Prom. Pop culture defines it as a coming-of-age event that many American families consider the bridge between adolescence and the beginning of adult life. Television shows and movies glamorize the process of finding the perfect dress or date, or even a grand entrance with luxury cars. With this mentality, it is no surprise that teens and their families go “all out” with everything involved in prom preparation.
According to a 2015 national survey from Visa, the average cost of a “promposal” and prom for American families was $919. With increasing pressure to create unique promposals that leave lasting memories, students can go to once-unimaginable lengths, like skydiving with posters or elaborate dates.
In New York City, where desirable venues are expensive, prom ticket prices can be some of the highest in the country; Bronx Science prom tickets are $164.16 for dinner and prom at a well-known venue, Chelsea Piers. For high schoolers in North Carolina, it can cost $45 a ticket, and in Chicago, $95 for a night that includes whale watching.
Though events vary by location and school, one thing remains the same: prom is not a cheap excursion. The costs can stack up, with money going toward attire, hair, makeup, nails, accessories, prom ticket(s), costs with after-prom festivities, transportation, and so on. For those who want to wear dresses, the pressure to find the perfect one expresses itself through various means. Most schools have pages on social media platforms like Instagram and Facebook, where pictures of each person’s dress are posted anonymously so that other students do not purchase the same one or one that is too similar; as to avoid wearing the same dress or ‘outshining’ one another on the special night. It is also not uncommon for students to purchase dresses with prices ranging in the several hundreds of dollars—Mac Duggal, a popular prom dress brand, features designs that cost up to $800 on Nordstrom, with its cheapest dress at $253 after sale.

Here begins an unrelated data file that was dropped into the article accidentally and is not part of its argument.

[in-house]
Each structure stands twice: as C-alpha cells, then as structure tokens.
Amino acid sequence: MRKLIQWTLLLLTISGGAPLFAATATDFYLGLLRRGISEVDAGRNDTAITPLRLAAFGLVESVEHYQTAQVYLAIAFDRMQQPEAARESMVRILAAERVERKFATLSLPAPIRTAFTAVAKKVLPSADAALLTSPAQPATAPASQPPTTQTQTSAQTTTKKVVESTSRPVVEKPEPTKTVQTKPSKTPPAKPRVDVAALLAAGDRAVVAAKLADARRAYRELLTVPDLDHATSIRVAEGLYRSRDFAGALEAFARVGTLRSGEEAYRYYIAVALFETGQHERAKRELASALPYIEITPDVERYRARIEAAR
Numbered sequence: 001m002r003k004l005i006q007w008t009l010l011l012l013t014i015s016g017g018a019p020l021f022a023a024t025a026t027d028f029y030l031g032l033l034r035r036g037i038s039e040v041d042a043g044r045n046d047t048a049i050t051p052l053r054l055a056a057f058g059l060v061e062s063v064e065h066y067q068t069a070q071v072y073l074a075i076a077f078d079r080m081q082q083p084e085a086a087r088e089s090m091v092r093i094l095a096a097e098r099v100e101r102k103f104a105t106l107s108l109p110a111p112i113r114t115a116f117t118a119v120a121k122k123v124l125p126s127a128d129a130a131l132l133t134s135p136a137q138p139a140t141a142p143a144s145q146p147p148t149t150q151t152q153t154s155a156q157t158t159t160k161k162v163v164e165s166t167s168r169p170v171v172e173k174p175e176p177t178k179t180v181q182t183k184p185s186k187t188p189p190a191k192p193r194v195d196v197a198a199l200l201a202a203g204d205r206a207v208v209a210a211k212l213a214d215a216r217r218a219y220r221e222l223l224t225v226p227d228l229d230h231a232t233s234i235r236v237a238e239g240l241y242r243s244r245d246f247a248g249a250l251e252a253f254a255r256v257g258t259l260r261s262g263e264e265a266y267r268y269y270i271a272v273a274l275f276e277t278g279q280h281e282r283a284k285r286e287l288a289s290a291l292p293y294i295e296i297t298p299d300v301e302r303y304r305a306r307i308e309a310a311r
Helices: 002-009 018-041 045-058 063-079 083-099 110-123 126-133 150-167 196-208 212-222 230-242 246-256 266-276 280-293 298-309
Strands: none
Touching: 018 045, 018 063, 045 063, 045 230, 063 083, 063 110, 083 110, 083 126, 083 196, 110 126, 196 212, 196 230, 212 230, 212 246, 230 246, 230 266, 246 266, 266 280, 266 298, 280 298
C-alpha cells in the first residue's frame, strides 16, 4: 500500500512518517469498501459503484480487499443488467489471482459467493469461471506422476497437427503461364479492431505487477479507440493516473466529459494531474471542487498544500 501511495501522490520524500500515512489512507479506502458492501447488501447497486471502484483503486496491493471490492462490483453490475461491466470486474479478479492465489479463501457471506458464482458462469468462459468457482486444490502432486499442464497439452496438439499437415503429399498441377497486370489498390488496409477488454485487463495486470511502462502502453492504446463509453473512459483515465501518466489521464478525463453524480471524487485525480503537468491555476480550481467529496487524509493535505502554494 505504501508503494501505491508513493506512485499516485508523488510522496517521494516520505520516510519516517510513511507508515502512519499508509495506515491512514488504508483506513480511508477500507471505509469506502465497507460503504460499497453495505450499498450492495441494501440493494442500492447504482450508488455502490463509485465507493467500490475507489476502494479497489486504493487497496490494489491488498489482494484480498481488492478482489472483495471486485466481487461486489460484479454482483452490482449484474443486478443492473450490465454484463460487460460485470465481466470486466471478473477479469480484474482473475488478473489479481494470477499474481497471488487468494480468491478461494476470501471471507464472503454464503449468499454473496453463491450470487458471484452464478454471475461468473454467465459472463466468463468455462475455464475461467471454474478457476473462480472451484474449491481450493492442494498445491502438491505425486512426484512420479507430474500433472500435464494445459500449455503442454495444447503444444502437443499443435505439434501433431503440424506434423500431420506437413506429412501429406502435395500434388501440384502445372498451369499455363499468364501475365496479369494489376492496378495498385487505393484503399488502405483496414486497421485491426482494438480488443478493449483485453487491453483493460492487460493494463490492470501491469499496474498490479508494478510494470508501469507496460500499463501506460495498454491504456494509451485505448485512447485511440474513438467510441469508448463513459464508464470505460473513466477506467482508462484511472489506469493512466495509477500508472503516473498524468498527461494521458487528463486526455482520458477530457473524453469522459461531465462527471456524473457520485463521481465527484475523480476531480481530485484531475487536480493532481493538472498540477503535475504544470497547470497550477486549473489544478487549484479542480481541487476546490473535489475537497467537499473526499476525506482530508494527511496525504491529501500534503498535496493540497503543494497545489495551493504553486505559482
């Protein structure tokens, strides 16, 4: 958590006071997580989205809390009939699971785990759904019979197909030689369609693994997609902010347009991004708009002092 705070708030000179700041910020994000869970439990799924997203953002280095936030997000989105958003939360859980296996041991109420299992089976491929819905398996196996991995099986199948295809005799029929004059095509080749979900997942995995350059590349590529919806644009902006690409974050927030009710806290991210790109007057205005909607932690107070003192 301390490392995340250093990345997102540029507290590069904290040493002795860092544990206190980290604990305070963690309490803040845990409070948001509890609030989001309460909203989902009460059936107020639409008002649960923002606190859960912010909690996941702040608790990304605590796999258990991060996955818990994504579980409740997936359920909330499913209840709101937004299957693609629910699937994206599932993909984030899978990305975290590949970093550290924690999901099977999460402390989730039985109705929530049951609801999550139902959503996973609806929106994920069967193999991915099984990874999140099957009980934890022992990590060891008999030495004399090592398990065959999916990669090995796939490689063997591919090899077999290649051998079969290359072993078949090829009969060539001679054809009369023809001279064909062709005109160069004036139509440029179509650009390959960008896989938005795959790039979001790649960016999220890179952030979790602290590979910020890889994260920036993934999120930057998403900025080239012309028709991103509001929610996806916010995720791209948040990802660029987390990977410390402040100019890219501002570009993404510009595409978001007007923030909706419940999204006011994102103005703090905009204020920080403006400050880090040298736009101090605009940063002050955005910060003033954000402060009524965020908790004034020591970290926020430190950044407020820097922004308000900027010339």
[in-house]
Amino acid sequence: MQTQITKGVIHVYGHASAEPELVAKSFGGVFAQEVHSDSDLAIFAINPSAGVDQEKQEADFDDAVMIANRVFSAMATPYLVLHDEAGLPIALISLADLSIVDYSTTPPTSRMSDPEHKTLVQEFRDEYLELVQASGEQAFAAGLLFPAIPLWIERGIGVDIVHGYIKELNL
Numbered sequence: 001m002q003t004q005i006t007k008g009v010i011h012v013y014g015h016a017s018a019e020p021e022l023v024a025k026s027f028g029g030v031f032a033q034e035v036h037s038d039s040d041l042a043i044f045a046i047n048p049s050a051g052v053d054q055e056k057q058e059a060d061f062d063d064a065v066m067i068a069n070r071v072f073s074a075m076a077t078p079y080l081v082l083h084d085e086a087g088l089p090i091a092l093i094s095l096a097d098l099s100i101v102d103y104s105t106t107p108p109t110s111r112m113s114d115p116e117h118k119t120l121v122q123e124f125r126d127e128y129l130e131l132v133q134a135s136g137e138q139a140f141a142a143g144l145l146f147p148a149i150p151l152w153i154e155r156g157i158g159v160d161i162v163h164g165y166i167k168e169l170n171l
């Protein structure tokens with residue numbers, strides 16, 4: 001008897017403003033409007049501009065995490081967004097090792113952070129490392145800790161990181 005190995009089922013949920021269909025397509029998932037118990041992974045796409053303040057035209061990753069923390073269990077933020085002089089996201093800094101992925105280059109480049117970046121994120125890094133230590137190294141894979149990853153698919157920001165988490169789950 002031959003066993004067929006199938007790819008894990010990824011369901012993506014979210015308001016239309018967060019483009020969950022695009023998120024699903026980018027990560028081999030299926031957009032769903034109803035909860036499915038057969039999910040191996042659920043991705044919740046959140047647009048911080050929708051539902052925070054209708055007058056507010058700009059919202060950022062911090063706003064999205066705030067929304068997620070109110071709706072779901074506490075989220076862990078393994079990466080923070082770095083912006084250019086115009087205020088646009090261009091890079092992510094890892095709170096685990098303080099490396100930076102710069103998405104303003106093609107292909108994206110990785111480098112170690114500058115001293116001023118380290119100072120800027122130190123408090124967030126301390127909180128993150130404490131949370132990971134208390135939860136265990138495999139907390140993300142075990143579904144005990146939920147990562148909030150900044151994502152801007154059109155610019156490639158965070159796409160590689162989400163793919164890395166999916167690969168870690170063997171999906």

…it’s no surprise that teens and their families go “all out” with everything involved in prom preparation.
“I thought that my dress was really expensive, and I had to work to save up the money that I needed for a prom dress. The process was really rigorous, and it took me four months because finding your perfect dress is really difficult, and not every dress is made for every body shape,” said Allison Yu ’19. Sentiments like these fuel the prom industry, with the anticipation of a perfect night as a summation of the total of teenagers’ high school years as they move onto college and more independent lives.